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Coral Mining
Introduction | Identification | Impacts | Causes | Actions | More Info

Extraction of hard corals and reef rocks for building material, decorative ornaments, the manufacture of household furnishings, aquarium conditioning and displays, (Lovell 1995). The practice can be found in all regions where coral reefs exist (Ohman and Cesar 2000). In the Maldives alone, approximately 20,000m3 of corals are collected each year primarily for construction materials (Brown and Dunne 1988). In addition to mining coral for construction materials, in places where people chew betel nut (the nut of the areca palm), lime is often produced from coral and consumed as the nut is chewed. Where a village or island community specializes in harvesting coral to supply a large market with this type of lime, the impact on certain coral populations can be significant.

In addition to reducing the number of coral colonies, coral mining reduces the wave absorbing properties of coral reefs Destruction of the reef exposes the shoreline and coastal communities to storm surges and erosion. Many countries have banned coral mining due to its negative impact on coastlines (Clark 1996). However, the mining of corals and limestone from ancient coral reefs can be sustainable as well as profitable for local communities and is distinguished from coral mining of live reefs. Managing harvests of living coral can also provide sustainable alternatives to the damaging effects of lime production.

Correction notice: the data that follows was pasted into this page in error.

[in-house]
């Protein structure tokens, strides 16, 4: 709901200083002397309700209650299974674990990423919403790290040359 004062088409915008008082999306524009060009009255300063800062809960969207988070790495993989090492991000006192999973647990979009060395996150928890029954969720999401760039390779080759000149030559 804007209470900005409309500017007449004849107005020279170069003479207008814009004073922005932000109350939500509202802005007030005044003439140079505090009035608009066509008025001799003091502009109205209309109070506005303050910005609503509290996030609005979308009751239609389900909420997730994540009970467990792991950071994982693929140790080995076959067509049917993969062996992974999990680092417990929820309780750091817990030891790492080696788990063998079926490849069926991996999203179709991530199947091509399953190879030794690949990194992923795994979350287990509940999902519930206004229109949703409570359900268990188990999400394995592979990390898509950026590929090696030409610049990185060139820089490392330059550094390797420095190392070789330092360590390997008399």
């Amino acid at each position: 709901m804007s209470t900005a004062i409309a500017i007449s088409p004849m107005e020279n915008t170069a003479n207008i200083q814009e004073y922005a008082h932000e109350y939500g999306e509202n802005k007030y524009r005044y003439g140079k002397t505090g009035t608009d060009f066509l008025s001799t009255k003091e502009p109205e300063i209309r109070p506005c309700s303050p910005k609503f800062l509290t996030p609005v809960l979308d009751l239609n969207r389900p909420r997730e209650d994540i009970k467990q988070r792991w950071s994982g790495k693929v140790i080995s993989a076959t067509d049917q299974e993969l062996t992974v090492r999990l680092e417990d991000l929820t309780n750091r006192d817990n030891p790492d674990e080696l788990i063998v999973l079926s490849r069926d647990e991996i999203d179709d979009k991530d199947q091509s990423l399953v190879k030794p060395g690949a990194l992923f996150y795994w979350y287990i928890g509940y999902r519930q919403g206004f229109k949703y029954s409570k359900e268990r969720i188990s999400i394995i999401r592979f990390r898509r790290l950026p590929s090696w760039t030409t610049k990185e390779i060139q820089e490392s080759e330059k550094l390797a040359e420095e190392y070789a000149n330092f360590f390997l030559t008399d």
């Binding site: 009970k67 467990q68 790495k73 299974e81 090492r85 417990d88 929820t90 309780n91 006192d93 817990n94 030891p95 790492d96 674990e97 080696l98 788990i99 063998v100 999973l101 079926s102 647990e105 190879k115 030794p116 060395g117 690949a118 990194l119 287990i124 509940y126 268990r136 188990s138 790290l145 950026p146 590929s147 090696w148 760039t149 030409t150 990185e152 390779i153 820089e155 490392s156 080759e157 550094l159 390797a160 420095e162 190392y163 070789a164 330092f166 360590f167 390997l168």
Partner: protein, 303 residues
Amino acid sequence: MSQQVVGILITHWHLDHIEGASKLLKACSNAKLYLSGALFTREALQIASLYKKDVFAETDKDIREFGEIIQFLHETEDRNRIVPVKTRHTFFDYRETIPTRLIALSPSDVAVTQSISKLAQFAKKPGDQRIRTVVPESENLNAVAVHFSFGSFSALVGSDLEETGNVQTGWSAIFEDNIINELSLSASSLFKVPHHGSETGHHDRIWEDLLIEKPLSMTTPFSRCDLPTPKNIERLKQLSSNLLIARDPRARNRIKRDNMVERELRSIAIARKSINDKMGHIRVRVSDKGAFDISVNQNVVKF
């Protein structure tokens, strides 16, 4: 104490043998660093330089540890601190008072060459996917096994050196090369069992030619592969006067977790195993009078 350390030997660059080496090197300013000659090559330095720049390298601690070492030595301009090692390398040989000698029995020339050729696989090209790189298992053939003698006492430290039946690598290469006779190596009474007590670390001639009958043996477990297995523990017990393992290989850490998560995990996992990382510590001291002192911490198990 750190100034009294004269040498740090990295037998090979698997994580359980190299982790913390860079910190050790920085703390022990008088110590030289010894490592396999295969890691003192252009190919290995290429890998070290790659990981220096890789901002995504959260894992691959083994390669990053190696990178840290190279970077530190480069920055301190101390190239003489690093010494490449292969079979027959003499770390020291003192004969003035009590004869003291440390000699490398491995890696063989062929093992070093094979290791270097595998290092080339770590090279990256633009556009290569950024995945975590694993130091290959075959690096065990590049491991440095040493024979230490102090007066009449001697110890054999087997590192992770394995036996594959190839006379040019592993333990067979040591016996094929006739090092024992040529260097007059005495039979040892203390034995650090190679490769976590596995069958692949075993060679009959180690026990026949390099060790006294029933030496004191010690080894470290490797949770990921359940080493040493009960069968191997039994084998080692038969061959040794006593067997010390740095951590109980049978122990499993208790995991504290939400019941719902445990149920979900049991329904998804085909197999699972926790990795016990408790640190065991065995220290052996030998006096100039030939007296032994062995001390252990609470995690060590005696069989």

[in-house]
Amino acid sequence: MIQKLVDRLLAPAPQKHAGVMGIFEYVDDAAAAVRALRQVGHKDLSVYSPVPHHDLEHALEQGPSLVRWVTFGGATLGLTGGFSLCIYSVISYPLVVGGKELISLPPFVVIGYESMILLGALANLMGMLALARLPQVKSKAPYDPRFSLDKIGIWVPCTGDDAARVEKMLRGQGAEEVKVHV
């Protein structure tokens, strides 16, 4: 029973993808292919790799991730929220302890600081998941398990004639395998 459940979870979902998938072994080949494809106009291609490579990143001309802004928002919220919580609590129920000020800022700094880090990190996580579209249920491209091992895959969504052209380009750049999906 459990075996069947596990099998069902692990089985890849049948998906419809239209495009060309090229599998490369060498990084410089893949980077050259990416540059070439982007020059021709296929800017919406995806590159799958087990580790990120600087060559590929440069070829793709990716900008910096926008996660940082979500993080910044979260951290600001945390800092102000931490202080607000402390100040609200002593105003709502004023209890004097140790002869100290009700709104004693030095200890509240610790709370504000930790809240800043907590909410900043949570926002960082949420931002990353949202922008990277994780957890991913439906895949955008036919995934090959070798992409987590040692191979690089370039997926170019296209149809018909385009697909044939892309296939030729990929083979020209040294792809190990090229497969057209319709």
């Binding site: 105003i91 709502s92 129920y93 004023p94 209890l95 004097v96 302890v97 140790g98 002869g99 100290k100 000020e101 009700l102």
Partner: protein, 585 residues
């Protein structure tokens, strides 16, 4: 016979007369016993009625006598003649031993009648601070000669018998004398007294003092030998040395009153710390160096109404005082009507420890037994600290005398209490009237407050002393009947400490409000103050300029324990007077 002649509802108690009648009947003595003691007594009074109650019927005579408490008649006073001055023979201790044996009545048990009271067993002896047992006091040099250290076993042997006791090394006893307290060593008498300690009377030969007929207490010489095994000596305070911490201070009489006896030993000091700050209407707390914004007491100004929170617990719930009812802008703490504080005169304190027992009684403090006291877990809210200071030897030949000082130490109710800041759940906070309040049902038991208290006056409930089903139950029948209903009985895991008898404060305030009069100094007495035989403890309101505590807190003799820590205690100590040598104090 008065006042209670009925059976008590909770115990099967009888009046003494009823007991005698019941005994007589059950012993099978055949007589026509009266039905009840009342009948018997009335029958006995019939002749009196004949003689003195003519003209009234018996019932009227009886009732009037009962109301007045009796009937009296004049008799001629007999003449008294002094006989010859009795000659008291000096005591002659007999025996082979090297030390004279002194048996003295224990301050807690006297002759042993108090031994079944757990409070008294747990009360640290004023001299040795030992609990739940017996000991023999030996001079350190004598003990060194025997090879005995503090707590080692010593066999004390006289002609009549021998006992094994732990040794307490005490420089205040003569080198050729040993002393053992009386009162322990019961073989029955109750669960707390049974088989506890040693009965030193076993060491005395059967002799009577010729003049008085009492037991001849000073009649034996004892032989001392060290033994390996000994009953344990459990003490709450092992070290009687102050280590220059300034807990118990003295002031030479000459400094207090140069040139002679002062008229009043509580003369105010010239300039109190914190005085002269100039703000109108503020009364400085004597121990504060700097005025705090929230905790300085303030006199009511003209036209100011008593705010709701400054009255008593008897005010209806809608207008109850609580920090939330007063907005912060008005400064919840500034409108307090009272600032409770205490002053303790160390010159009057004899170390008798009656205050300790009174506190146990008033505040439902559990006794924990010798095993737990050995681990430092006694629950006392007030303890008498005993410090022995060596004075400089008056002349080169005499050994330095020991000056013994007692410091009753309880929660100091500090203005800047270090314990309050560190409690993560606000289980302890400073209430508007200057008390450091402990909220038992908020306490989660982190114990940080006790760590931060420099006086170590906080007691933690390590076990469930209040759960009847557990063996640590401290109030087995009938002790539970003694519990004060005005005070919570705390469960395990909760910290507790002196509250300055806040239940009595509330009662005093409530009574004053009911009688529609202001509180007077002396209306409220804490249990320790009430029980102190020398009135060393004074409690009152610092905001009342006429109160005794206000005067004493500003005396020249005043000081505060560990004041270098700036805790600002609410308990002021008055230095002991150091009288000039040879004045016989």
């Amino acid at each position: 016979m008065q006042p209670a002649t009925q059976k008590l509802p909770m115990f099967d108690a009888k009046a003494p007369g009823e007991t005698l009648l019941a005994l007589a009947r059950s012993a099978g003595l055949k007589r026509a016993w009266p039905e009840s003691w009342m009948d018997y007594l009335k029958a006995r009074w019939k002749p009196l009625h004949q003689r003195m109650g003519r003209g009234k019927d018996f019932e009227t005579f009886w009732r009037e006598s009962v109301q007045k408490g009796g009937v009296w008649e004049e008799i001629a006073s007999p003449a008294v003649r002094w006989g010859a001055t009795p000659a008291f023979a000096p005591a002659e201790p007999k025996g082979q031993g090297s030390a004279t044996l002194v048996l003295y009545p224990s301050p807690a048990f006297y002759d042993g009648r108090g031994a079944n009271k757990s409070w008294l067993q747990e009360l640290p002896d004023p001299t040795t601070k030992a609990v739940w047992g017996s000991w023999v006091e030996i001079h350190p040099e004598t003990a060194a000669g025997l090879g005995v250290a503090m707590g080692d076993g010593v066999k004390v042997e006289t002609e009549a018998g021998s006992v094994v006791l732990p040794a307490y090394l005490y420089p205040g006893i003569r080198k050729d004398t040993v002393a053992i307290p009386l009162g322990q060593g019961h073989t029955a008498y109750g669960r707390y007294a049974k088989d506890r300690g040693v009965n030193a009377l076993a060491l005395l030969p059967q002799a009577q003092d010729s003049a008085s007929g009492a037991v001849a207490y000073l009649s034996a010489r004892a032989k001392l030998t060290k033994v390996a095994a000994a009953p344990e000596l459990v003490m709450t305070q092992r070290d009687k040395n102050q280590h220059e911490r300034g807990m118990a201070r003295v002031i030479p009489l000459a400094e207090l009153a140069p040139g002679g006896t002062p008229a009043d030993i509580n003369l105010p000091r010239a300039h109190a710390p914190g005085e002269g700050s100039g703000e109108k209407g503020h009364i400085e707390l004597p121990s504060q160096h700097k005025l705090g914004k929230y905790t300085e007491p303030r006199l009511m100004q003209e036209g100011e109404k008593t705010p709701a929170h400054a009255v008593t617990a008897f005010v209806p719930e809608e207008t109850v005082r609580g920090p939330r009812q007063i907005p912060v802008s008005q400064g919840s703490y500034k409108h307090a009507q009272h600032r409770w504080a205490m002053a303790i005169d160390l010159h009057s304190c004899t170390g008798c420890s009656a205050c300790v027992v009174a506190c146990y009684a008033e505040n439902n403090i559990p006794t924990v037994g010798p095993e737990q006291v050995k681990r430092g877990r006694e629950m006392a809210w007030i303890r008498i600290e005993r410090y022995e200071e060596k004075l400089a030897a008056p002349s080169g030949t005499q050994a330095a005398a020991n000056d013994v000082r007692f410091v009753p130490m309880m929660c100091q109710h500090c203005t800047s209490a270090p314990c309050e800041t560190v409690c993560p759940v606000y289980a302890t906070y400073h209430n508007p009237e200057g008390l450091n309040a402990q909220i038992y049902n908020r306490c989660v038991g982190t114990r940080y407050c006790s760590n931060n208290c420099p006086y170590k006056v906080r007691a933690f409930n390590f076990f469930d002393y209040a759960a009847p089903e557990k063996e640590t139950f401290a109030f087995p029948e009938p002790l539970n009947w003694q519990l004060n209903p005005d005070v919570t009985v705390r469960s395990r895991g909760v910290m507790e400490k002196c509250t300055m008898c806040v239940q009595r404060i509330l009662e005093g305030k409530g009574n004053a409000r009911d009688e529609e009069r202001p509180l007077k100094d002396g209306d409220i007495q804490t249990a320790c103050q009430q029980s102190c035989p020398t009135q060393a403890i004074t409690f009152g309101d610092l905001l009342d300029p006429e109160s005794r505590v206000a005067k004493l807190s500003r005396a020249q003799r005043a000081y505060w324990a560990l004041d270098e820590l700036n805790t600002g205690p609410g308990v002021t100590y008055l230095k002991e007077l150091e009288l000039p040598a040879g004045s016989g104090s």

Harvested corals bleached and sun dried along the beach. Location: Cebu, Mactan Island, Philippines Photo by: M. Ross (from ReefBase: http://www.reefbase.org)
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